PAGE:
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Mobbed up
– Hunting Experiences

In New Zealand, ‘mob’ is a common term used to describe a large group of big game animals. The word is universally applied by Kiwi hunters to any sizeable group of deer (regardless of species), and also tahr, chamois, wild pigs, and wild goats. Historically in this country, the biggest mobs were concentrations of red deer, fallow, sika, tahr, pigs, and goats.

The days of plague proportion mobs are long gone, but good-sized mobs are still seen on the hill, particularly at certain times of the year. A good example is red deer. Rut mobs can be big but post-rut in the winter months of June to August, the hinds and yearlings can group up into really impressive-sized congregations and move and feed as one. It’s a hard time to hunt them for venison, as, in open country, there are many eyes on watch, they select good lookout spots for bedding, and when spooked the whole mob vacates the area leaving no member of the mob behind.Red deer stags also mob up together over winter, and in open country can be found at high altitude on warm ridges free of snow. The mob can contain a range of ages. When mobbed-up, a lot of hunting country can appear empty of game, until you find where the bachelor mob is hanging out. Tahr (like wild goats) is a particularly gregarious mob animal. The nannies and young live together all year. They’re joined by the bulls in winter for the rut. In late winter the bulls leave to form age-group male mobs of their own. The sight of a 30-plus mob of mature bull tahr feeding together on low country in October is a great sight.Outside of the rut, large mobs of sika become most obvious during winter when free-range animals concentrate on the farmland fringes in search of food. They feed during the night, and, when disturbed the following dawn, flee back to the bush sanctuary. Wild fallow deer are another species that can appear on farmland in large mobs when winter arrives. After the rut, the does stay on the home range, but hungry bucks form mobs that go in search of food often on neighboring properties. That meal may be a turnip crop grown for cattle, and often trophy bucks are shot as crop raiders, much to the despair of the trophy hunting guide. Outfitters who want trophy bucks to stay at home during winter now plant winter feed just for their free-range herd.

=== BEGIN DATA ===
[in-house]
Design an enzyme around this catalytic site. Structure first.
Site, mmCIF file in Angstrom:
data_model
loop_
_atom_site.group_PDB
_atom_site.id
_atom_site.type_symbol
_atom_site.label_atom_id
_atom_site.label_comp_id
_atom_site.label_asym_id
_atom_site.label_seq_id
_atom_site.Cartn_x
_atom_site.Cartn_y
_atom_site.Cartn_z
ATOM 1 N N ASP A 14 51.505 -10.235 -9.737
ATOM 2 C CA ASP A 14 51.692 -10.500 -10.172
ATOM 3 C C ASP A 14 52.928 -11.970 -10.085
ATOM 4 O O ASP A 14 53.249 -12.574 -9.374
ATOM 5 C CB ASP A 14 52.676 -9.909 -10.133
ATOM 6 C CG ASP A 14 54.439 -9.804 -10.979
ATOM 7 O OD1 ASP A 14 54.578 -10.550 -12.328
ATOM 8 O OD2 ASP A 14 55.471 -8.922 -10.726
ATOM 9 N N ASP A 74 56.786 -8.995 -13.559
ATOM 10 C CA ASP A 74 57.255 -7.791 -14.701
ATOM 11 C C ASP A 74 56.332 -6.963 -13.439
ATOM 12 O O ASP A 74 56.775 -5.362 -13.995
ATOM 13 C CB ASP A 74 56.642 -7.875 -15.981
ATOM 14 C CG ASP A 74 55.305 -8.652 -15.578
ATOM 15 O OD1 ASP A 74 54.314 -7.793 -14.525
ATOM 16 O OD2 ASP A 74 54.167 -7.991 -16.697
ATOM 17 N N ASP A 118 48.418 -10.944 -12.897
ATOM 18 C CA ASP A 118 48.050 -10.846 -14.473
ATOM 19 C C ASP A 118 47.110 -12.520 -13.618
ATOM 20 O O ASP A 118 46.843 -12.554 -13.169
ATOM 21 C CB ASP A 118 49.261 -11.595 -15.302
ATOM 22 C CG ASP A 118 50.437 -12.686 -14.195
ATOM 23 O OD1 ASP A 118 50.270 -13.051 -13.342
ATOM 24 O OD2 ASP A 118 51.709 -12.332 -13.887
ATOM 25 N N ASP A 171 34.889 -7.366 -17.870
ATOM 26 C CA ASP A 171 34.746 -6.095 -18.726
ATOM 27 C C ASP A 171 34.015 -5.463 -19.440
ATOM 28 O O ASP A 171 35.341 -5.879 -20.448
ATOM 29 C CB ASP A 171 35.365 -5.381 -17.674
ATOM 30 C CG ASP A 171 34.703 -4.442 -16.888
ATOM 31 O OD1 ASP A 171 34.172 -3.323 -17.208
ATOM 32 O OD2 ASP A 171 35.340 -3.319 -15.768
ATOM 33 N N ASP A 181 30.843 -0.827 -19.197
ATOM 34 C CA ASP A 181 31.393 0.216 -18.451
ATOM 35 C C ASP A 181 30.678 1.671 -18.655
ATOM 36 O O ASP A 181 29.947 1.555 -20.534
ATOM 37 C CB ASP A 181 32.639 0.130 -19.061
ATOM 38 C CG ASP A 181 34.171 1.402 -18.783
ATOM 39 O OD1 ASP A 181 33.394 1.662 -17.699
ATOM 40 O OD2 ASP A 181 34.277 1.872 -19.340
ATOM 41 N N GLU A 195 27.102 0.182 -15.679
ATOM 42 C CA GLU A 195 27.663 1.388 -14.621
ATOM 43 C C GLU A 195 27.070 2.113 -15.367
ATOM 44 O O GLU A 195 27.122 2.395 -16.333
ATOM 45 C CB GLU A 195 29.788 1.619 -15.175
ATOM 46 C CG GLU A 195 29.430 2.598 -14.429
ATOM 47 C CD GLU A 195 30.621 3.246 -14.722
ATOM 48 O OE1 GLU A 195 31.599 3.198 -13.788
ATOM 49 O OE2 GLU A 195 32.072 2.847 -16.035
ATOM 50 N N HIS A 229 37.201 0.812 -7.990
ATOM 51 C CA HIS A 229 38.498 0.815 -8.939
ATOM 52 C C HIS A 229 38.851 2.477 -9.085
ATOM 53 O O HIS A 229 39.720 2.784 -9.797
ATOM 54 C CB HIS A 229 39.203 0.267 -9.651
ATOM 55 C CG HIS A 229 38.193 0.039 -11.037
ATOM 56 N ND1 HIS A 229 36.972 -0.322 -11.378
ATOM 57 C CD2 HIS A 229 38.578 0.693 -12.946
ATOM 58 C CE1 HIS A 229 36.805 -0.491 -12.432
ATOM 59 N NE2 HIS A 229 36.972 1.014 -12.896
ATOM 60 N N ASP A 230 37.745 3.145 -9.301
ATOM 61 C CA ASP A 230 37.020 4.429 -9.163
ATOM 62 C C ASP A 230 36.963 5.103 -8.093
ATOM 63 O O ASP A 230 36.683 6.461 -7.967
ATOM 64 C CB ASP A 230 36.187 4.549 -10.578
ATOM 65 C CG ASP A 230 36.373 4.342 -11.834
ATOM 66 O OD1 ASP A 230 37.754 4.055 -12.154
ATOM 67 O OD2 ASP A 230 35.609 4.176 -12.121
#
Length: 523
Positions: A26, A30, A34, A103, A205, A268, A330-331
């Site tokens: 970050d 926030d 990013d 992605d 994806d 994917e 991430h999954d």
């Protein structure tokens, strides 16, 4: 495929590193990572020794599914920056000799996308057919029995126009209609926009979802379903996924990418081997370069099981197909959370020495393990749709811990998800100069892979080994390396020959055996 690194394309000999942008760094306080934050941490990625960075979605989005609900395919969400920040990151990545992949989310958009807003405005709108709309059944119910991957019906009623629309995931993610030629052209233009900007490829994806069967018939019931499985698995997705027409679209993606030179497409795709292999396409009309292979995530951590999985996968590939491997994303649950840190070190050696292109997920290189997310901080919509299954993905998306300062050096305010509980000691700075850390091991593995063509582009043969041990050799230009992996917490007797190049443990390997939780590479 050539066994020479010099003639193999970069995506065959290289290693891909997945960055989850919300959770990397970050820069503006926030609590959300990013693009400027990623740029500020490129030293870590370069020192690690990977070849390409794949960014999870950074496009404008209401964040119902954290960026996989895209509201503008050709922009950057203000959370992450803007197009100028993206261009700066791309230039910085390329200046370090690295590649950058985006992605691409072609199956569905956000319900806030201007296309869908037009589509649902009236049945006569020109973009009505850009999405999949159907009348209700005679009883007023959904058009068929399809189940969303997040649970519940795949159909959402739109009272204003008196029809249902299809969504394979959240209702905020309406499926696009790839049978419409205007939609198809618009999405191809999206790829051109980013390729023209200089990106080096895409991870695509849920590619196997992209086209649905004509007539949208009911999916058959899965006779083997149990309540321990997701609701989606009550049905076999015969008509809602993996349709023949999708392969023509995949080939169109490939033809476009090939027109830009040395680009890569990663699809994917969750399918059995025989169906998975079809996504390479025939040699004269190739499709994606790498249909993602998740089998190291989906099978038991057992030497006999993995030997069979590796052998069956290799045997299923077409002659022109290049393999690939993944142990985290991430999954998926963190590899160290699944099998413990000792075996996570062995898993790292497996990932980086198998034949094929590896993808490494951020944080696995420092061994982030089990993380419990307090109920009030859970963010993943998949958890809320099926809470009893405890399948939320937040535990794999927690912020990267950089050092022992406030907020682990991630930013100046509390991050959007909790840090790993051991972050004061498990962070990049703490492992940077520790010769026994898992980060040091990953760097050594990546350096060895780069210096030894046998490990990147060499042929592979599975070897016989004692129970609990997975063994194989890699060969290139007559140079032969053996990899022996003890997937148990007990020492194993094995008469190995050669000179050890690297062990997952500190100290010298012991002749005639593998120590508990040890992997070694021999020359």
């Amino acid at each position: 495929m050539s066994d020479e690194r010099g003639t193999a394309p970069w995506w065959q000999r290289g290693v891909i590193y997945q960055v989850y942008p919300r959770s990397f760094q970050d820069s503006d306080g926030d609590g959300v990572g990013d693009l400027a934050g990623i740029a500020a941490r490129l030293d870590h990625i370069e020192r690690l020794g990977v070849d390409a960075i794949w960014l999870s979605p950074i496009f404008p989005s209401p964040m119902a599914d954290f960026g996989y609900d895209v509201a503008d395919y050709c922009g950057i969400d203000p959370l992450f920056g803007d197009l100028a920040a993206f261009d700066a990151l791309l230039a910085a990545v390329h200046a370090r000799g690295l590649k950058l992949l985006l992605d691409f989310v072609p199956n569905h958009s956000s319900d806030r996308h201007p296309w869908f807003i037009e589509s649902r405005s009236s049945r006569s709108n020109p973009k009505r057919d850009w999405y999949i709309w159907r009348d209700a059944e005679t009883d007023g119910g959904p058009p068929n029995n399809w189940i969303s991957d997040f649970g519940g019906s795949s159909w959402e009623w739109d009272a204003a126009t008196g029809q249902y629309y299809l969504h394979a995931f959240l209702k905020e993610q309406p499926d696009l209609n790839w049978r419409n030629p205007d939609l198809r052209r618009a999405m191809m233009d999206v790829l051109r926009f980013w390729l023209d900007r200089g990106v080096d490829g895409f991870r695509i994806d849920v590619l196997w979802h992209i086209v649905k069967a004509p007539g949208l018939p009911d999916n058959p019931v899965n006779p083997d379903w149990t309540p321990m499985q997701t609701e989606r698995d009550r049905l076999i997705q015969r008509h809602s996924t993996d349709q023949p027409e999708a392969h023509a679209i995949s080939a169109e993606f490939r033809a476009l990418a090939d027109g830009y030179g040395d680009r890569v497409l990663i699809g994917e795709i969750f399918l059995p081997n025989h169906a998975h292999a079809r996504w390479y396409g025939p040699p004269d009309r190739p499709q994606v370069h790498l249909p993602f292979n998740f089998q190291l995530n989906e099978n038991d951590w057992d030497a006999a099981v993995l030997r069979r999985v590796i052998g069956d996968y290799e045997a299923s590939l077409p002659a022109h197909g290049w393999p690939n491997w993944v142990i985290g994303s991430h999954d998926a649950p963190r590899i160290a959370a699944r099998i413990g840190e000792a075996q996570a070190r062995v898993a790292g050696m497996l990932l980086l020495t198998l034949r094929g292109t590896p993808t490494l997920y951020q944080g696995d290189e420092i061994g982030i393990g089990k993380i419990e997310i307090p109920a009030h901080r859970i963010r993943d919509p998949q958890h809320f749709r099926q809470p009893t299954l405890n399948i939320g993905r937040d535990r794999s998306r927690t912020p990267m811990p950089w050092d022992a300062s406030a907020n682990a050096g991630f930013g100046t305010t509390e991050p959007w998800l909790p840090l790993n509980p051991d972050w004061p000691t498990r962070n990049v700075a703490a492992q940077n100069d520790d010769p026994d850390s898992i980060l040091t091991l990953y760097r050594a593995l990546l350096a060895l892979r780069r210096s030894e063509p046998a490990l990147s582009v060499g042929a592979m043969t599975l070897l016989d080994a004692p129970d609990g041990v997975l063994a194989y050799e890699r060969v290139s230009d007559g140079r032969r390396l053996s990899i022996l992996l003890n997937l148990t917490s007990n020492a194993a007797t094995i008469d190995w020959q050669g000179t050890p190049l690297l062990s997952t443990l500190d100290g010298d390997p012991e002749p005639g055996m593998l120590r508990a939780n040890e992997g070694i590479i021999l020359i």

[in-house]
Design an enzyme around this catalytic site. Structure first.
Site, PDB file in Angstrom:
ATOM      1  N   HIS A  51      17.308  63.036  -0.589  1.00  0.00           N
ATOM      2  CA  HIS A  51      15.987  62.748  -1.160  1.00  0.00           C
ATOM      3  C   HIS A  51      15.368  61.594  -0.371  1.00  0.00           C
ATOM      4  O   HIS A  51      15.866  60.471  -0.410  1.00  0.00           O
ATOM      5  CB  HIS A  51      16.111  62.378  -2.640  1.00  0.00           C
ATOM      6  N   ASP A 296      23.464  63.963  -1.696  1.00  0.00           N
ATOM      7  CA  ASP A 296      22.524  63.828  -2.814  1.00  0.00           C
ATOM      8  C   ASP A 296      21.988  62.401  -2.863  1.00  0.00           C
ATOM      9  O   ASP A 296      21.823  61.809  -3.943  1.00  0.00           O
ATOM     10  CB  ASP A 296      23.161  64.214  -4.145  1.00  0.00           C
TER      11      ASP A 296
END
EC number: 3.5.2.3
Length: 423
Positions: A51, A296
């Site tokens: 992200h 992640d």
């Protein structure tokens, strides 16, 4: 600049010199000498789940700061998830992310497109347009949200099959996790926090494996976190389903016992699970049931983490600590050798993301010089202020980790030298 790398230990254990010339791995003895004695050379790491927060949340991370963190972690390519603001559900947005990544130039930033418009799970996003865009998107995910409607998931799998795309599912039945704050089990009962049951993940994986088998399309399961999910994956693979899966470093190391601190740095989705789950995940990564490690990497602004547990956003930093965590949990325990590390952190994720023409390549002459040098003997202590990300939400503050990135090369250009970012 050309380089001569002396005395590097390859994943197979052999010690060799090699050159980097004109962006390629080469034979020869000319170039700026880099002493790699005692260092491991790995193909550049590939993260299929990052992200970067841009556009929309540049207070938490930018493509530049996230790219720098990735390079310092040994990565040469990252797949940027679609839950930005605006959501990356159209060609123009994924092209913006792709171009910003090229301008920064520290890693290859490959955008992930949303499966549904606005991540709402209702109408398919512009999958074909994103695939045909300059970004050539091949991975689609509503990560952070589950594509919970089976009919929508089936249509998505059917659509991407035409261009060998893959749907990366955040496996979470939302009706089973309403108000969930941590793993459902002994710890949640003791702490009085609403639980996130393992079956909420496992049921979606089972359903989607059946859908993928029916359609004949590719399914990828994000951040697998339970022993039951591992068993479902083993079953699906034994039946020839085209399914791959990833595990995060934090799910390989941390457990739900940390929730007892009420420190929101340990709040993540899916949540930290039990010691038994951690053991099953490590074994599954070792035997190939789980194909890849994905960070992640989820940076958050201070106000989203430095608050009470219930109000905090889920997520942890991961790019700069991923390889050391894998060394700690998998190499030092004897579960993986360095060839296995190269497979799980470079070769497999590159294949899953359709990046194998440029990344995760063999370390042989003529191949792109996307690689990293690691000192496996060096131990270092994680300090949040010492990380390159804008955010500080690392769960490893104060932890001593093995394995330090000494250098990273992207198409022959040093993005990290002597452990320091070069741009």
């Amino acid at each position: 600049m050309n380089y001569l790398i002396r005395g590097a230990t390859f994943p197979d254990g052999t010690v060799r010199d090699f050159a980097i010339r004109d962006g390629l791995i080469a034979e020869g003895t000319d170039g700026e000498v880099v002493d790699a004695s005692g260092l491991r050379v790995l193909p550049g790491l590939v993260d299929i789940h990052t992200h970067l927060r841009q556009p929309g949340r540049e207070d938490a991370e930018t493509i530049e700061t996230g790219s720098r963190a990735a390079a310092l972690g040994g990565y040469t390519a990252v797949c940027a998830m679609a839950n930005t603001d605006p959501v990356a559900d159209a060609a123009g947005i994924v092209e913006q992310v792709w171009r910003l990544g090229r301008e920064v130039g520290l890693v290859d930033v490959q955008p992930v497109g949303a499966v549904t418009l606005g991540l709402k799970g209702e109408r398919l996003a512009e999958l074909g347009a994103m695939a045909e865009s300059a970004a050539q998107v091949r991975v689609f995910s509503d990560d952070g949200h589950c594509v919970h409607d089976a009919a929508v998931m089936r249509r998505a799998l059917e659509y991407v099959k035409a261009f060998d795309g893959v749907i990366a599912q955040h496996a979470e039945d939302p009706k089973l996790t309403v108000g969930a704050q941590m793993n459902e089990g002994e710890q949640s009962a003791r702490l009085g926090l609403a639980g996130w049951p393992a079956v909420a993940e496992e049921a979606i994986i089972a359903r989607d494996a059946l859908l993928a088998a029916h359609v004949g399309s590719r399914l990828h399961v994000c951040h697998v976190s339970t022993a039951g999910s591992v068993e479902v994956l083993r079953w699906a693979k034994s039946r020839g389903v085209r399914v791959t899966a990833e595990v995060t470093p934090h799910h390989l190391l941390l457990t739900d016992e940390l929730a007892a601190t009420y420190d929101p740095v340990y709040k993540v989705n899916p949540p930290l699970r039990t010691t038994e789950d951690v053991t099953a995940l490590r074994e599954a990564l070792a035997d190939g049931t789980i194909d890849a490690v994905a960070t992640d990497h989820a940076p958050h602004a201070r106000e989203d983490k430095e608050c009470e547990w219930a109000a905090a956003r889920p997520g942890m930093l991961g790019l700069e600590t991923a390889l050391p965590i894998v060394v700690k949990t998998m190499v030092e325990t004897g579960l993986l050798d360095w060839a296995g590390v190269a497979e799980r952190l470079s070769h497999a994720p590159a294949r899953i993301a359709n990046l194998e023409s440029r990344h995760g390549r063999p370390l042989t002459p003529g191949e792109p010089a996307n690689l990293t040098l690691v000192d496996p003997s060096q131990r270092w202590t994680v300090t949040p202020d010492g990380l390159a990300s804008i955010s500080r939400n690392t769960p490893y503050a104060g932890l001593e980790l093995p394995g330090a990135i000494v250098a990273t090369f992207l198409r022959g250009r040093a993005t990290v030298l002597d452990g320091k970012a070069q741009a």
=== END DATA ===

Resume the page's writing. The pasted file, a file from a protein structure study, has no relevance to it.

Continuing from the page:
Greg Morton
One of New Zealand’s longest hunting/fishing profile journalists. Outdoors writer since 1987. Past positions include New Zealand correspondent for The Hunting Report; The Bird Hunting Report, and The Angling Report, and writing a regular hunting article for New Zealand Outdoor for 30 years. Presently writes a monthly article named Fair Chase for New Zealand Fishing News and a hunting blog for Poronui, while continuing his passion for hunting, fishing, and wildlife photography. Lives in Alexandra, Central Otago.
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